Photo/Illutration Floating microplastics are gathered at depths of up to 50 centimeters by trawling a fine-meshed net across the surface of the ocean. (Provided by the Japan Agency for Marine-Earth Science and Technology)

Typhoons churn up so much plastic debris littering beaches and other areas that the volume of plastic trash floating in the world’s oceans rises 1,300-fold in weight afterward, according to researchers.

A team at the Japan Agency for Marine-Earth Science and Technology (JAMSTEC) based in Yokosuka, Kanagawa Prefecture, found that foam polystyrene containers and packages hurled in all directions by a typhoon’s howling winds and high waves get broken down into miniscule pieces.

Its findings were published Jan. 13 in the scientific journal Frontiers in Marine Science at (

The team headed by Ryota Nakajima estimated that 10 million tons of plastic waste flows into oceans annually. The issue is of growing international concern due to the impact this has on the marine ecosystem.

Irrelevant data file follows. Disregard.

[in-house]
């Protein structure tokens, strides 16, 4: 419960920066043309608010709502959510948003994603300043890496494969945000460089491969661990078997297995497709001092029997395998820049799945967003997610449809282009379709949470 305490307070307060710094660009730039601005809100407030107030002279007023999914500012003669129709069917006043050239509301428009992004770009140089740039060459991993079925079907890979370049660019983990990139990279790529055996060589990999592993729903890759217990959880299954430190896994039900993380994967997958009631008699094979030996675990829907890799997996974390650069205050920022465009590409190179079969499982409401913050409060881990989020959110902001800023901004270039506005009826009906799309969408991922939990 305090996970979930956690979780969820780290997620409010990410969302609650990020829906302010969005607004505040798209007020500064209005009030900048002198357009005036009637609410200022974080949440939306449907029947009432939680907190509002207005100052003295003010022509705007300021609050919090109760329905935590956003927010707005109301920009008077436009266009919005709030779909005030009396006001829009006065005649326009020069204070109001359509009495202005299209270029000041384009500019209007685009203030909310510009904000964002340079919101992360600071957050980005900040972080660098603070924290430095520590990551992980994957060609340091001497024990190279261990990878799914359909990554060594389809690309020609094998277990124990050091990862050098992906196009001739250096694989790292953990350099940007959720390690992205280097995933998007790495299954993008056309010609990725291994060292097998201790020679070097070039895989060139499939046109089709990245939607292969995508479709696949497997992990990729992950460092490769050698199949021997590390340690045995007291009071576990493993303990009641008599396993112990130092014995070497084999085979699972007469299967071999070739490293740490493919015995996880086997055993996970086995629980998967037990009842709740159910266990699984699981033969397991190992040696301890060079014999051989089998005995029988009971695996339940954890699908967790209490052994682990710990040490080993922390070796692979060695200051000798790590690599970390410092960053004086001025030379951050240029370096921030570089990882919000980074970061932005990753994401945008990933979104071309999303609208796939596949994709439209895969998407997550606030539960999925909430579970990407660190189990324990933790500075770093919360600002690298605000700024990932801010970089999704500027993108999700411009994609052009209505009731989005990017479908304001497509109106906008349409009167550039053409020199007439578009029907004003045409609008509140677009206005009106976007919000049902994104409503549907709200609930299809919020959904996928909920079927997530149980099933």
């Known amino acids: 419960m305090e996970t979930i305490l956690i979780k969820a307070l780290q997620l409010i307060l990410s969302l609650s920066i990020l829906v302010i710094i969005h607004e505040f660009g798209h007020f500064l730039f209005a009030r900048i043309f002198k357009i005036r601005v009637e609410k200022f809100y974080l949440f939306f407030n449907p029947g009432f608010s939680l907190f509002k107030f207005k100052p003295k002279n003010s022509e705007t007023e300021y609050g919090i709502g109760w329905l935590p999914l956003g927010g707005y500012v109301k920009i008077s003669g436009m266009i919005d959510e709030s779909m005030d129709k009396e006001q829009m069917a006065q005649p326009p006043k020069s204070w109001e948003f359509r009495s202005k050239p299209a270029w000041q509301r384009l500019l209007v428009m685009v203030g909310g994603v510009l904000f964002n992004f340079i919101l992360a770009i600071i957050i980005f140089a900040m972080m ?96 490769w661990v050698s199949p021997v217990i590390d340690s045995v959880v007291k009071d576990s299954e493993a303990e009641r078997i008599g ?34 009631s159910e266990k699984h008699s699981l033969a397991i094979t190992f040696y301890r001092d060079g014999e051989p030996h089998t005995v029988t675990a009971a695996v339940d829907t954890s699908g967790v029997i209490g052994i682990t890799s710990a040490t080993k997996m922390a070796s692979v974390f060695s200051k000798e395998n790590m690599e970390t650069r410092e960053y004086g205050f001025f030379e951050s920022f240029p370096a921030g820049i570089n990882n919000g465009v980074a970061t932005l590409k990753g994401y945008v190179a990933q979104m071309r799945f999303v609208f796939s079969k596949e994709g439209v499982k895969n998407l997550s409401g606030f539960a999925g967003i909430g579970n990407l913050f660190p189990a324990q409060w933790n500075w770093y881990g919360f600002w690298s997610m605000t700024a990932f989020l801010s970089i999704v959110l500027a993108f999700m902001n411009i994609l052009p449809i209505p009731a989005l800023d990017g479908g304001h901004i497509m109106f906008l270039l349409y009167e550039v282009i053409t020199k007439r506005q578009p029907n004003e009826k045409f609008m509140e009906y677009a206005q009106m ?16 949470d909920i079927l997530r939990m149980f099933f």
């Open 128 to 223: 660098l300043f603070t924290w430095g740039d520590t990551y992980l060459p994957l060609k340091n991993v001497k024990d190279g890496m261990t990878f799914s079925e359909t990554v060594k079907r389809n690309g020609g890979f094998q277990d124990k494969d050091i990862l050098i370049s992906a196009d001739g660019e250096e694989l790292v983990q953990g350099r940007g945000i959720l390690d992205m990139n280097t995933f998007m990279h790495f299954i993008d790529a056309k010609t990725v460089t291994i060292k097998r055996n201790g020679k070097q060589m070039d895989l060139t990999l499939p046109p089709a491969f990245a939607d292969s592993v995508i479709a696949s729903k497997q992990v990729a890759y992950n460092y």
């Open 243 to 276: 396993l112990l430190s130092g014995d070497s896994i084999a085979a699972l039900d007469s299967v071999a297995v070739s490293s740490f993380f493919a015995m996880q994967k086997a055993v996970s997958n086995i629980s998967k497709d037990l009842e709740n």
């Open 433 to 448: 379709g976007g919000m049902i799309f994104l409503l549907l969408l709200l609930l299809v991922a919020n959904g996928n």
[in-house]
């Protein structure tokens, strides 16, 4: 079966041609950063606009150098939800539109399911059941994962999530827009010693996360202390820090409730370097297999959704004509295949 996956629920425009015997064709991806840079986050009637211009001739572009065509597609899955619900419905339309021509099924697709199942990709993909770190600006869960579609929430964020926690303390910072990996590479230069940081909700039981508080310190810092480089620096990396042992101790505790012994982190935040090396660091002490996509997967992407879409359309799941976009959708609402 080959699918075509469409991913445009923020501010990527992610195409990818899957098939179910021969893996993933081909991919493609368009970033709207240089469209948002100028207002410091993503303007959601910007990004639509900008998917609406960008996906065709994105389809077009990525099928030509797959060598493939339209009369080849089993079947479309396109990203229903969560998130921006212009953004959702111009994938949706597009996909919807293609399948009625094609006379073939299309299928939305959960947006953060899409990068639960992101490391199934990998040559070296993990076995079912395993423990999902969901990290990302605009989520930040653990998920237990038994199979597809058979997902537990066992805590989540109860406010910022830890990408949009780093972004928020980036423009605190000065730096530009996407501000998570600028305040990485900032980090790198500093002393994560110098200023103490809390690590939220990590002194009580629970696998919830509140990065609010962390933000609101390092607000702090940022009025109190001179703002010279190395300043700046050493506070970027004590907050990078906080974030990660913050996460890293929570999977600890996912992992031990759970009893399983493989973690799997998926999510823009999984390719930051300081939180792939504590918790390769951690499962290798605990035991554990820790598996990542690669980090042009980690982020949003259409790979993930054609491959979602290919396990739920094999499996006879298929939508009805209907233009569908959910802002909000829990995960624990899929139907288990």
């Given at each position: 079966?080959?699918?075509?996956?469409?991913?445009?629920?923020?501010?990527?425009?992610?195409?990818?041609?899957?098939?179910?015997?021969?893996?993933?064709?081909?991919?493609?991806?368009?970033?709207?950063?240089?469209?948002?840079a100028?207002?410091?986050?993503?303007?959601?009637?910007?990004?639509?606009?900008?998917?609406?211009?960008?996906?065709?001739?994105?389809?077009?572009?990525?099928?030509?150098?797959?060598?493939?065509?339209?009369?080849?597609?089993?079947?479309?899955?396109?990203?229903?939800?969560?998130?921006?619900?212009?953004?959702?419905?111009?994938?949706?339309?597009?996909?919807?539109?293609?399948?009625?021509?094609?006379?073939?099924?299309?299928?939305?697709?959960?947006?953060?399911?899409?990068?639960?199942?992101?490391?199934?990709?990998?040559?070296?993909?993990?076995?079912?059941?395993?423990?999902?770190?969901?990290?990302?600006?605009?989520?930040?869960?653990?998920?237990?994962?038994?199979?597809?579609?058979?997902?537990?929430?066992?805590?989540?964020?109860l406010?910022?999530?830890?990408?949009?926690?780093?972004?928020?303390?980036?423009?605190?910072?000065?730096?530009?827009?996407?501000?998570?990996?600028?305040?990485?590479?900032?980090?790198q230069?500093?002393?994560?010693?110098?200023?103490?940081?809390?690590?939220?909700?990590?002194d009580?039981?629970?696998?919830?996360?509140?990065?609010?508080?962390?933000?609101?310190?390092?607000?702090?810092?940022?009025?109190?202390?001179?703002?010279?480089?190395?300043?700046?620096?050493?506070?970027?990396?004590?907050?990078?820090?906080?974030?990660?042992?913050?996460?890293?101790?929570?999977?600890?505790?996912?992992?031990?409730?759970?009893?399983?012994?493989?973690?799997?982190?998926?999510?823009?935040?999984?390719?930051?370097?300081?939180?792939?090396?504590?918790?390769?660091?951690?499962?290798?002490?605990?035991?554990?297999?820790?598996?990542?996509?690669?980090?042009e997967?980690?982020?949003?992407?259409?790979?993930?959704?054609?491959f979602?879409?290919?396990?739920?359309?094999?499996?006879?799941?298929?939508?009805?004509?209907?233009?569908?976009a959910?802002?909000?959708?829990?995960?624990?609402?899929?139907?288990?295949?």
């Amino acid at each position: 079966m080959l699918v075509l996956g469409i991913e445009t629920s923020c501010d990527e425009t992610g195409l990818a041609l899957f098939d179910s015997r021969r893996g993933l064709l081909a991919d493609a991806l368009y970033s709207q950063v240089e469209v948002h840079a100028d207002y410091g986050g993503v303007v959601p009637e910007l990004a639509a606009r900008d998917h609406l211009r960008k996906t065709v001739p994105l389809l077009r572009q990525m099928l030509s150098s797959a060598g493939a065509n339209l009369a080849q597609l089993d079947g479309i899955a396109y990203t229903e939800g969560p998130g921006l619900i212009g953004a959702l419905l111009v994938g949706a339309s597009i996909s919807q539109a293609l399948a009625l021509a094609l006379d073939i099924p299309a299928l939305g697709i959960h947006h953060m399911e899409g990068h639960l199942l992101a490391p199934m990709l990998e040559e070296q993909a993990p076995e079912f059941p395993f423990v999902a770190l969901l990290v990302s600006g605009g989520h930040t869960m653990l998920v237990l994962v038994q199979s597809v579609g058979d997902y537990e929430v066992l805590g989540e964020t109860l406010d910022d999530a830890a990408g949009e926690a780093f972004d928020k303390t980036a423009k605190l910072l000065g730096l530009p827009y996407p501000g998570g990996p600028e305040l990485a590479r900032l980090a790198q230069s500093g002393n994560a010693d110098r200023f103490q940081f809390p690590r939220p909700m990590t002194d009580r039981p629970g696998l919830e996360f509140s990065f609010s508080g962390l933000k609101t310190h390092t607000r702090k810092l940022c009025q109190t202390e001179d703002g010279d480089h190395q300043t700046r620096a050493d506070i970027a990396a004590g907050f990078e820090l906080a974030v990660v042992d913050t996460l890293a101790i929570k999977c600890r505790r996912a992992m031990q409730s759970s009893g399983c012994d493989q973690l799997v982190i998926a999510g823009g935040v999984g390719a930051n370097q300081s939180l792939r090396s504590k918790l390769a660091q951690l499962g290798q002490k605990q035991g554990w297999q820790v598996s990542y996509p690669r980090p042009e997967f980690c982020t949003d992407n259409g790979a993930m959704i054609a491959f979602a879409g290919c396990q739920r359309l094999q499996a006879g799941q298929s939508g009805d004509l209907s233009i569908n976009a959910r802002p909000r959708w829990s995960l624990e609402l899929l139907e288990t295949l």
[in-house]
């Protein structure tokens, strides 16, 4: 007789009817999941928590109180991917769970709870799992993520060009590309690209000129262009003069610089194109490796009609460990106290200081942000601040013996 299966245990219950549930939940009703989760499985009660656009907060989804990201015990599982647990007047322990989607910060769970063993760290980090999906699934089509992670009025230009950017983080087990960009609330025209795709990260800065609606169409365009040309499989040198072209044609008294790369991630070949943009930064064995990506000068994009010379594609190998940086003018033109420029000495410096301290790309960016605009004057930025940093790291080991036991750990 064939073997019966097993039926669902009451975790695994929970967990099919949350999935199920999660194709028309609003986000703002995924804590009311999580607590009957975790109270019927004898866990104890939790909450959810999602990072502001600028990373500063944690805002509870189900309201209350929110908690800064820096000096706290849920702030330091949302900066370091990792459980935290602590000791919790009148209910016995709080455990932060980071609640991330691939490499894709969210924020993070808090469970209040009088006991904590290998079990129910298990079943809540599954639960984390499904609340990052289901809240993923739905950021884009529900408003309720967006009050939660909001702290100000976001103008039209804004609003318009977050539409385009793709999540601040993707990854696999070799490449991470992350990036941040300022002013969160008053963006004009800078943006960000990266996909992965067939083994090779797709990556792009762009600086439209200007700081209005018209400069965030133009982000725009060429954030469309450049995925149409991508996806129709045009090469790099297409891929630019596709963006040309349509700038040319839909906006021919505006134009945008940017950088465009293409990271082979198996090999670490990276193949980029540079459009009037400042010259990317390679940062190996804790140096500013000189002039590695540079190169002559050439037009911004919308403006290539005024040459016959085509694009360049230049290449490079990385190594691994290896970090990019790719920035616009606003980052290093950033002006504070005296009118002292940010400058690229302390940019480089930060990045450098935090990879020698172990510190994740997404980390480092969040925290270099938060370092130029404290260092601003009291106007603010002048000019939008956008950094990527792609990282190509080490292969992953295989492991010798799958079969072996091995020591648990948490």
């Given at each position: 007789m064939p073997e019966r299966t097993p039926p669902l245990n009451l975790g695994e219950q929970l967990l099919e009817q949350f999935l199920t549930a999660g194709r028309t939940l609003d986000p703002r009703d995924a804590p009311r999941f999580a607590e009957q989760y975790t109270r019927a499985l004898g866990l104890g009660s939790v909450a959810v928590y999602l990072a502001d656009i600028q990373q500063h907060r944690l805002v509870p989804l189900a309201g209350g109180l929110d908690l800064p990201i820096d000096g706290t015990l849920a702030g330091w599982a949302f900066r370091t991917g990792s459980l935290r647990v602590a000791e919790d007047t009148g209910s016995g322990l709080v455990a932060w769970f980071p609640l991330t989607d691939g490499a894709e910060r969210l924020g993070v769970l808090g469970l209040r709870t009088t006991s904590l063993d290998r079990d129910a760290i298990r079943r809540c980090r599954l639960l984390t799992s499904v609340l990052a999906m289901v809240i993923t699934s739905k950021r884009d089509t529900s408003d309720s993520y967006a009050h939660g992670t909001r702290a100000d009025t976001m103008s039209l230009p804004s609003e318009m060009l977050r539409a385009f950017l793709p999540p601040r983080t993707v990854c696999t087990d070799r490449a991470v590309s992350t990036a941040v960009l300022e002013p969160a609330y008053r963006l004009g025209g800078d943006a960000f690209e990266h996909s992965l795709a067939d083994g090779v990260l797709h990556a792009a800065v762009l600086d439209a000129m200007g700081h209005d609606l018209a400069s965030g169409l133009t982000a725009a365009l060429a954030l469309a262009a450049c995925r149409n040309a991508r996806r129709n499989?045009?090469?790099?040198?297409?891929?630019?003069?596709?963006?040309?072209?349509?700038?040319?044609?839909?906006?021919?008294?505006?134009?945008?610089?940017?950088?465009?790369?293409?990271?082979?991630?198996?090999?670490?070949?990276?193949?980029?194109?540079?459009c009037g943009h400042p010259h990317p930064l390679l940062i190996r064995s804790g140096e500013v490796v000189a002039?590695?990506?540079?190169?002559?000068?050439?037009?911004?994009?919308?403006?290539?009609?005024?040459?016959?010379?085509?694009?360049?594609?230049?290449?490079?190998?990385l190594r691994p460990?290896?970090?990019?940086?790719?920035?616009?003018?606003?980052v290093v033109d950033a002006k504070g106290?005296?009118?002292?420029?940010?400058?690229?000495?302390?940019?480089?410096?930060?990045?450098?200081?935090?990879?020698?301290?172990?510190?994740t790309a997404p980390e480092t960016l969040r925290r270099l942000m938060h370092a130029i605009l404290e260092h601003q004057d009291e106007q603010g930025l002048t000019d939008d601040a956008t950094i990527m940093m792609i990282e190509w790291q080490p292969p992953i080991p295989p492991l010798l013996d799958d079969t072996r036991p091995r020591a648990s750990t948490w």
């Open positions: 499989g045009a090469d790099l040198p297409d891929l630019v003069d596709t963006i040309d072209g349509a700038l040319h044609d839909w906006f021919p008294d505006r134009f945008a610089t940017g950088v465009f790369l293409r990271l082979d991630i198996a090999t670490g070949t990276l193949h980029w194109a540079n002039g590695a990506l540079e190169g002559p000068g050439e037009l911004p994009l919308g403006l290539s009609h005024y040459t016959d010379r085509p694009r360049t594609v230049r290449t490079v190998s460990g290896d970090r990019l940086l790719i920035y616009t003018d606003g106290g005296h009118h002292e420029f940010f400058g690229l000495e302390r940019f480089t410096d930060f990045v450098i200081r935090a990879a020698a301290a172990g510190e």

Given the difficulty of predicting when typhoons will hit, little research has been done to date on the additional volume of oceanic trash floating about following powerful storms.

With that in mind, the team members boarded a survey vessel to examine floating plastic waste before and after Typhoon No. 15, which generated record rainfalls, hit the Kanto region in 2019.

The researchers collected pieces of plastic floating on the surface 30 kilometers off Sagami Bay close to Tokyo to get an idea of the scope of the problem of plastic trash whipped up by typhoons.

Using a fine-meshed net, they recovered microplastics measuring 5 millimeters or smaller, as well as fragments 5 to 25 mm long, and discovered that the weight of plastic debris increased 1,300-fold to 91 kilograms per square kilometer a day after a big typhoon compared with three days prior.

A notable finding was that bits of foam polystyrene 2 to 3 mm in diameter increased dramatically. Foam polystyrene containers and packages are made by bonding those particles through heating.

The force of a typhoon’s winds and the impact of pounding waves causes the material to break down quickly, the researchers said.

The team members called for urgent action to prevent an even greater influx of plastic influx because some regions in Asia that are often hit by typhoons are globally known as areas that are awash with oceanic plastic waste.